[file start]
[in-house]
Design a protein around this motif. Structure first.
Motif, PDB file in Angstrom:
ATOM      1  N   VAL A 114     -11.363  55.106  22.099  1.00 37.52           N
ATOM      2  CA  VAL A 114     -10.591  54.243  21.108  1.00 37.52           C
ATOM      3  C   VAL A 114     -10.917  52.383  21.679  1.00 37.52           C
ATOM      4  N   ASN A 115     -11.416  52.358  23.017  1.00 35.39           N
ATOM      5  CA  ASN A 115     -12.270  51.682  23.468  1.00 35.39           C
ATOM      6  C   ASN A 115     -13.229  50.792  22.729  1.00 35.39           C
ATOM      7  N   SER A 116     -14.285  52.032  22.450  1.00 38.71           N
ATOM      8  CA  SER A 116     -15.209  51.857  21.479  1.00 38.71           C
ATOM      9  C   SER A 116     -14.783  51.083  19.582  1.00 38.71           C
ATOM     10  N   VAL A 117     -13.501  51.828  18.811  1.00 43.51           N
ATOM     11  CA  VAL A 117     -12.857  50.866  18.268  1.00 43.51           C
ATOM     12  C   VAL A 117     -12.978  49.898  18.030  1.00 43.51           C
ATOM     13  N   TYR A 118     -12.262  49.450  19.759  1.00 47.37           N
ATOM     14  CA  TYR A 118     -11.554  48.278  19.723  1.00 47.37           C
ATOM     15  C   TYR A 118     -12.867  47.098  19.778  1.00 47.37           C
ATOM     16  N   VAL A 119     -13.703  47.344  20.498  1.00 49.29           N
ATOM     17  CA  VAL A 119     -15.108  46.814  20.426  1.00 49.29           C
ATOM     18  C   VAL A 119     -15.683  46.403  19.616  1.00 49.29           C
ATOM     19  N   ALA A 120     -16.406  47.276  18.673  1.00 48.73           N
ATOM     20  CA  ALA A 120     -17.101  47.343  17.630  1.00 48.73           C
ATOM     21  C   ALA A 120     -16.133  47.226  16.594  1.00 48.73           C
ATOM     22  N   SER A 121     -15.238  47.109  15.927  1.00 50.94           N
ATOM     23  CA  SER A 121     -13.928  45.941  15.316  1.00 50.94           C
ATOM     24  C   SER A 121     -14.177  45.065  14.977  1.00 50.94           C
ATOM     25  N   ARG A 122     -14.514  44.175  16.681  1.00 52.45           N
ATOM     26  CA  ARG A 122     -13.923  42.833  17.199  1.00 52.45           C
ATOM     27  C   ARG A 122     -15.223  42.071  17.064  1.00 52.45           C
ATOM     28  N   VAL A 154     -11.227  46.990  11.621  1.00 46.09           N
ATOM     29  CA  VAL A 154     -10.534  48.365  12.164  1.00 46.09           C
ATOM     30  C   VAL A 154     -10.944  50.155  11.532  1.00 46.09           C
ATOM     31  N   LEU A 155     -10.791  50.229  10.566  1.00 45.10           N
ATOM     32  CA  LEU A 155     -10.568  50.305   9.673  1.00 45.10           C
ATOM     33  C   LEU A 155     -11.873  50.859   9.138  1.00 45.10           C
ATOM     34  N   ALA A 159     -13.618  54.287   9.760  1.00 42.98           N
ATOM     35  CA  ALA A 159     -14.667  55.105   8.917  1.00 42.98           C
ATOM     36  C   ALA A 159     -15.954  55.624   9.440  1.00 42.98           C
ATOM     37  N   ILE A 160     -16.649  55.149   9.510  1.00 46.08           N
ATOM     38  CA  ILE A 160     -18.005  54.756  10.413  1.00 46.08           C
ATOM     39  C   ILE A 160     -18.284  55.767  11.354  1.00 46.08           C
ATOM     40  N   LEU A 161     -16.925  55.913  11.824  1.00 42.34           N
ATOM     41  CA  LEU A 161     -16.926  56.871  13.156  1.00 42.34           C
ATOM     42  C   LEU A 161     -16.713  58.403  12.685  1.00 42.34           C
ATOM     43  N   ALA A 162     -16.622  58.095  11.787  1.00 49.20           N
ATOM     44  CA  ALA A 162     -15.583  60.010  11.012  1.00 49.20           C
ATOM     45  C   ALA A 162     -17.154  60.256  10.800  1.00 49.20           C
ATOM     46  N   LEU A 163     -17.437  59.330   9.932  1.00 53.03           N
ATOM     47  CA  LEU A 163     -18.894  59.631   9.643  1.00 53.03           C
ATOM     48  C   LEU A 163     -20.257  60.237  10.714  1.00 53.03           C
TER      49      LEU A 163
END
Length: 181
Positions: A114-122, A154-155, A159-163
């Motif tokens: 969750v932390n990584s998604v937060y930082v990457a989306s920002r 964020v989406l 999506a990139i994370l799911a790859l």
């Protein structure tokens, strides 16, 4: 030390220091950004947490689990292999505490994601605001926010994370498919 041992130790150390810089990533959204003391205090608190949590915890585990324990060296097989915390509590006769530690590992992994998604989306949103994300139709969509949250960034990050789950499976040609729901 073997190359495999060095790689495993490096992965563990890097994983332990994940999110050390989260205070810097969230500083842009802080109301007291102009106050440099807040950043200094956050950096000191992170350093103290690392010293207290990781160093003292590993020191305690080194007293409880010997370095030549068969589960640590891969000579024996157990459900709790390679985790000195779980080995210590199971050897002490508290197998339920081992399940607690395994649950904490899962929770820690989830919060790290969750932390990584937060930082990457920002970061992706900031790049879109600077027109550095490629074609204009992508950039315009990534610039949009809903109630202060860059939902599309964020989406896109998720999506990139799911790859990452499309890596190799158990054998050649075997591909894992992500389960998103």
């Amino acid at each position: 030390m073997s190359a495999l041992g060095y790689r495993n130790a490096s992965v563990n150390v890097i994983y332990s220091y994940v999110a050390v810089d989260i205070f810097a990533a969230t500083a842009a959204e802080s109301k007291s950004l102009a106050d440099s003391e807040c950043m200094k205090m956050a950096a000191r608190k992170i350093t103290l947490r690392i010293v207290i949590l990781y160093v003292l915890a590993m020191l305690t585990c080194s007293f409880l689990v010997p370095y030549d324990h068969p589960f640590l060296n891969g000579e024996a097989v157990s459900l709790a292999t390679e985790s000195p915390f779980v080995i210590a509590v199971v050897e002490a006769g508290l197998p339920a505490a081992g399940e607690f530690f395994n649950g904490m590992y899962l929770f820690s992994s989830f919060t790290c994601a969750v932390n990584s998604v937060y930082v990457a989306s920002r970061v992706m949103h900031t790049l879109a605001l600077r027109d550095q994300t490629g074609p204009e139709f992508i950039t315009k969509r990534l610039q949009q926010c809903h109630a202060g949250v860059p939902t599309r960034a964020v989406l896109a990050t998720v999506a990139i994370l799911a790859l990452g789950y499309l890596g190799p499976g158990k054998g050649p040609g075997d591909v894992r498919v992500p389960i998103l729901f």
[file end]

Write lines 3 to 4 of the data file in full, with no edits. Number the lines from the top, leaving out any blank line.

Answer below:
Motif, PDB file in Angstrom:
ATOM      1  N   VAL A 114     -11.363  55.106  22.099  1.00 37.52           N